Children recover well from SPN and aggressive mobilization can start immediately postoperative. No casting or immobilization is needed. Active strengthening of the antagonist muscles must be prioritized, as weakness is only appreciable once the spasticity is reduced. Parents should be prepared for this to avoid unnecessary panic. The technique aids rehabilitation and is a good adjunct to the more traditional therapies such as physiotherapy and occupational therapy as it does not require immobilization post operatively and effectively in reduces troubling spasticity.

Performance of a peripheral nerve block, or the preoperative Botulinum test, can indicate if any concomitant orthopedic surgery to lengthen tendons, etc. will be required. These procedures are often done in the same sitting in our unit if range of motion will be significantly impaired due to short muscles and tendons. Mild muscle shortening will mostly improve with reduced spasticity and aggressive stretching, therefore routine orthopedic surgery may not be required.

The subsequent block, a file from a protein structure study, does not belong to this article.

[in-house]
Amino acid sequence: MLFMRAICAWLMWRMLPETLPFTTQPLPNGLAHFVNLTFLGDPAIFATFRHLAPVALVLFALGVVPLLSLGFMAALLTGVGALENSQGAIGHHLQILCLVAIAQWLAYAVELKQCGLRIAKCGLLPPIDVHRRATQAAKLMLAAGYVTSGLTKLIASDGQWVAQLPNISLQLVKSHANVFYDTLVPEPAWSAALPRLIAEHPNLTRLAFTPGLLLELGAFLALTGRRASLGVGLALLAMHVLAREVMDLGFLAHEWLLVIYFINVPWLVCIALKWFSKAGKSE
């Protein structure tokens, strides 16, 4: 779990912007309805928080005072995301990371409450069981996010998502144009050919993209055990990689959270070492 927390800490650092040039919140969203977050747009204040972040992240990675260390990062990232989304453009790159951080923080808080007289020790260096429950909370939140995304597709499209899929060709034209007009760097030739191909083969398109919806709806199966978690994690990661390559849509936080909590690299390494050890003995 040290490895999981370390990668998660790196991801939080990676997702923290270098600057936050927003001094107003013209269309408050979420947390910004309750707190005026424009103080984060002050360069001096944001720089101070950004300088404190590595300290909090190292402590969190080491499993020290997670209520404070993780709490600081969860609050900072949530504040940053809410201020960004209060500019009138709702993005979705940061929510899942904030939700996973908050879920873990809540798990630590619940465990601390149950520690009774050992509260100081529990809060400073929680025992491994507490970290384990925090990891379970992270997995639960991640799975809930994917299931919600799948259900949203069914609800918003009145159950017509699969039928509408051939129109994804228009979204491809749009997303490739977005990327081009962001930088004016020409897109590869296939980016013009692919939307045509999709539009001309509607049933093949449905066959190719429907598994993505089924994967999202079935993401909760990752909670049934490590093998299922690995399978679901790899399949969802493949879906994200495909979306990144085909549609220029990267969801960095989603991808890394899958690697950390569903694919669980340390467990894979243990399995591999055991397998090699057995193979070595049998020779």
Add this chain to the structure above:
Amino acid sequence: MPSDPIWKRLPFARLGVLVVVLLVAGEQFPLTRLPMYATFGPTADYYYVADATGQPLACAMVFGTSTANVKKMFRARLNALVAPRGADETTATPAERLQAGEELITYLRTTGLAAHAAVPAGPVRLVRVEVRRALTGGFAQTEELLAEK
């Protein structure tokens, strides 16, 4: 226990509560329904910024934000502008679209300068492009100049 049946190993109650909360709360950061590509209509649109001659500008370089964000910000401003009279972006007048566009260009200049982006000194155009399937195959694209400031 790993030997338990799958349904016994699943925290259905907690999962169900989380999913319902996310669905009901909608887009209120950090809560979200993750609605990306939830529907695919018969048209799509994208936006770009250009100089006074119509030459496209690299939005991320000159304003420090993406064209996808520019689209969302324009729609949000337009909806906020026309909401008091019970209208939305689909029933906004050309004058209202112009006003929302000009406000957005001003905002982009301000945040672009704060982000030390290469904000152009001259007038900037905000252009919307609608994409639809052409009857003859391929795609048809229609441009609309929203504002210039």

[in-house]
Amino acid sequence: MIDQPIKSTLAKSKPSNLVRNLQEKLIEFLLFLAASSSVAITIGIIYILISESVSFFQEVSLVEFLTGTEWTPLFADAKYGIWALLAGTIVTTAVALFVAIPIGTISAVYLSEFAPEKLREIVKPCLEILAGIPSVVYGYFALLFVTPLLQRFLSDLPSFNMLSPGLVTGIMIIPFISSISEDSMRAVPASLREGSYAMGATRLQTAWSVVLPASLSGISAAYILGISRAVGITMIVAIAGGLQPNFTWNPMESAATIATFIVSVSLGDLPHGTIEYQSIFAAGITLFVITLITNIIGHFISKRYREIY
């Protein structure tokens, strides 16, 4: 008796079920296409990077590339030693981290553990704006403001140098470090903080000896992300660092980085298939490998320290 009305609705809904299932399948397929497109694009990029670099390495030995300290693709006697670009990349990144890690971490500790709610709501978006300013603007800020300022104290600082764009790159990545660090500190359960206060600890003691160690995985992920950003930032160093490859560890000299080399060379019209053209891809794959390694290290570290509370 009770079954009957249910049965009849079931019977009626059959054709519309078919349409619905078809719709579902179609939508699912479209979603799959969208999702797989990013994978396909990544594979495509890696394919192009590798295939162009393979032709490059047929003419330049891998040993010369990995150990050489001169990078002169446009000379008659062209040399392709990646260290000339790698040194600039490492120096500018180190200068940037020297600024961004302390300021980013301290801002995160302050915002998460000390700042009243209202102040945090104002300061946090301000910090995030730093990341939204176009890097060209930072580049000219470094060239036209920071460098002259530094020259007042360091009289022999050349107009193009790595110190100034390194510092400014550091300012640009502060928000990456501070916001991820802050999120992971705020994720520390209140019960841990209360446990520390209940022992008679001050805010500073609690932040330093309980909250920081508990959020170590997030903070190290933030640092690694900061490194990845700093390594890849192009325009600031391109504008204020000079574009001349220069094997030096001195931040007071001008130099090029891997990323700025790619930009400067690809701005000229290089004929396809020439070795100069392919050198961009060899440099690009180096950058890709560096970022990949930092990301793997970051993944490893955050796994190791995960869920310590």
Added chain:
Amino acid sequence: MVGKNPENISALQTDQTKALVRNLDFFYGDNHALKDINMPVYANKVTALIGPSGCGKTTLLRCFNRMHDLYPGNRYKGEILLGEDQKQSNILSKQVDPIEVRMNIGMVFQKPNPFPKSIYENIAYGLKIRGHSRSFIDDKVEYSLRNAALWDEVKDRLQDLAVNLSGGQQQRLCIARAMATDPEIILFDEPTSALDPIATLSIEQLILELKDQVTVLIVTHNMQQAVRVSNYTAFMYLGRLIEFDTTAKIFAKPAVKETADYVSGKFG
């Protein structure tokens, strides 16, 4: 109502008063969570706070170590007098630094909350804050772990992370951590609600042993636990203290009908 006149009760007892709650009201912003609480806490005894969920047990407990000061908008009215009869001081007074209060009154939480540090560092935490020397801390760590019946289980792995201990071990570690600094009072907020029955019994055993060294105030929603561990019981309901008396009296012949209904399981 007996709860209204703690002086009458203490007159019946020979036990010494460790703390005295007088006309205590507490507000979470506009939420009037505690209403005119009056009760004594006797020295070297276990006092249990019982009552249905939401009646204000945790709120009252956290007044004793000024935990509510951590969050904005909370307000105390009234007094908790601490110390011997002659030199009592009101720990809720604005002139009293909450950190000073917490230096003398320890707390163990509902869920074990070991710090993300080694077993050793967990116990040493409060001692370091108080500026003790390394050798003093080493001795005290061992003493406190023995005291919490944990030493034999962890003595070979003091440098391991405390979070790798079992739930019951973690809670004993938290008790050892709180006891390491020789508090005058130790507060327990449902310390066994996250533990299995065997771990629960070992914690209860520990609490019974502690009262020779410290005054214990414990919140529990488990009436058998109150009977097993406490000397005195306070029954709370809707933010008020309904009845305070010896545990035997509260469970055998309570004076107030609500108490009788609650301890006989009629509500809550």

Some units also discuss selective dorsal rhizotomy (SDR) to treat spasticity related to TBI, but working in the unit that has been performing modern SDR for the longest period (Warwick Peacock started performing his variation of an old technique here in 1979) (67), we feel it is a procedure best kept for more widespread spasticity in both lower limbs. This is rare in spasticity related to TBI, unless it is a consequence of associated spinal cord injury. We prefer not to use it in TBI patients in general given the risks of opening the thecal sac to perform SDR and reduced precision and ease of targeting individual muscles.